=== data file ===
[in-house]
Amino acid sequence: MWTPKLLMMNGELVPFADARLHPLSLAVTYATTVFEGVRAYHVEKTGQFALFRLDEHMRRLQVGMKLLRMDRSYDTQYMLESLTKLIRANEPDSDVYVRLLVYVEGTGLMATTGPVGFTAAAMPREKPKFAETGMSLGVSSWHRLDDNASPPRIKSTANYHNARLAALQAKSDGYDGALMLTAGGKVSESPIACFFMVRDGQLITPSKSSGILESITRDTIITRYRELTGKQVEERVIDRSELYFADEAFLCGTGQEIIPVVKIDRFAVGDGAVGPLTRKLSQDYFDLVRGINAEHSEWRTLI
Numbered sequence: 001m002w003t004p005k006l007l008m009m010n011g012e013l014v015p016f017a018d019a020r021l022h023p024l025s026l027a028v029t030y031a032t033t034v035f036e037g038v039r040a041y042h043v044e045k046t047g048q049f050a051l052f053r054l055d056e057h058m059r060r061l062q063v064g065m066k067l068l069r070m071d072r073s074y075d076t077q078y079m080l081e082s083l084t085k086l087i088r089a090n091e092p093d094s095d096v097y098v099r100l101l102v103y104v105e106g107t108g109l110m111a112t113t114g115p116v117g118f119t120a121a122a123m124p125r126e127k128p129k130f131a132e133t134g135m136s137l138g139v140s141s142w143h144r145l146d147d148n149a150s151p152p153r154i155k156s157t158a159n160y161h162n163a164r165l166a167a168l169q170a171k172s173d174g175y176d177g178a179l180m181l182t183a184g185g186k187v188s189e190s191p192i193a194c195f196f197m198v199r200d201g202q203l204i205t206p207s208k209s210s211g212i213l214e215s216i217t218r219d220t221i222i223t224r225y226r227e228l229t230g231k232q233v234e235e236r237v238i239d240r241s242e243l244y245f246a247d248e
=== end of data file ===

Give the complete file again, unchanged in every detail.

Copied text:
[in-house]
Amino acid sequence: MWTPKLLMMNGELVPFADARLHPLSLAVTYATTVFEGVRAYHVEKTGQFALFRLDEHMRRLQVGMKLLRMDRSYDTQYMLESLTKLIRANEPDSDVYVRLLVYVEGTGLMATTGPVGFTAAAMPREKPKFAETGMSLGVSSWHRLDDNASPPRIKSTANYHNARLAALQAKSDGYDGALMLTAGGKVSESPIACFFMVRDGQLITPSKSSGILESITRDTIITRYRELTGKQVEERVIDRSELYFADEAFLCGTGQEIIPVVKIDRFAVGDGAVGPLTRKLSQDYFDLVRGINAEHSEWRTLI
Numbered sequence: 001m002w003t004p005k006l007l008m009m010n011g012e013l014v015p016f017a018d019a020r021l022h023p024l025s026l027a028v029t030y031a032t033t034v035f036e037g038v039r040a041y042h043v044e045k046t047g048q049f050a051l052f053r054l055d056e057h058m059r060r061l062q063v064g065m066k067l068l069r070m071d072r073s074y075d076t077q078y079m080l081e082s083l084t085k086l087i088r089a090n091e092p093d094s095d096v097y098v099r100l101l102v103y104v105e106g107t108g109l110m111a112t113t114g115p116v117g118f119t120a121a122a123m124p125r126e127k128p129k130f131a132e133t134g135m136s137l138g139v140s141s142w143h144r145l146d147d148n149a150s151p152p153r154i155k156s157t158a159n160y161h162n163a164r165l166a167a168l169q170a171k172s173d174g175y176d177g178a179l180m181l182t183a184g185g186k187v188s189e190s191p192i193a194c195f196f197m198v199r200d201g202q203l204i205t206p207s208k209s210s211g212i213l214e215s216i217t218r219d220t221i222i223t224r225y226r227e228l229t230g231k232q233v234e235e236r237v238i239d240r241s242e243l244y245f246a247d248e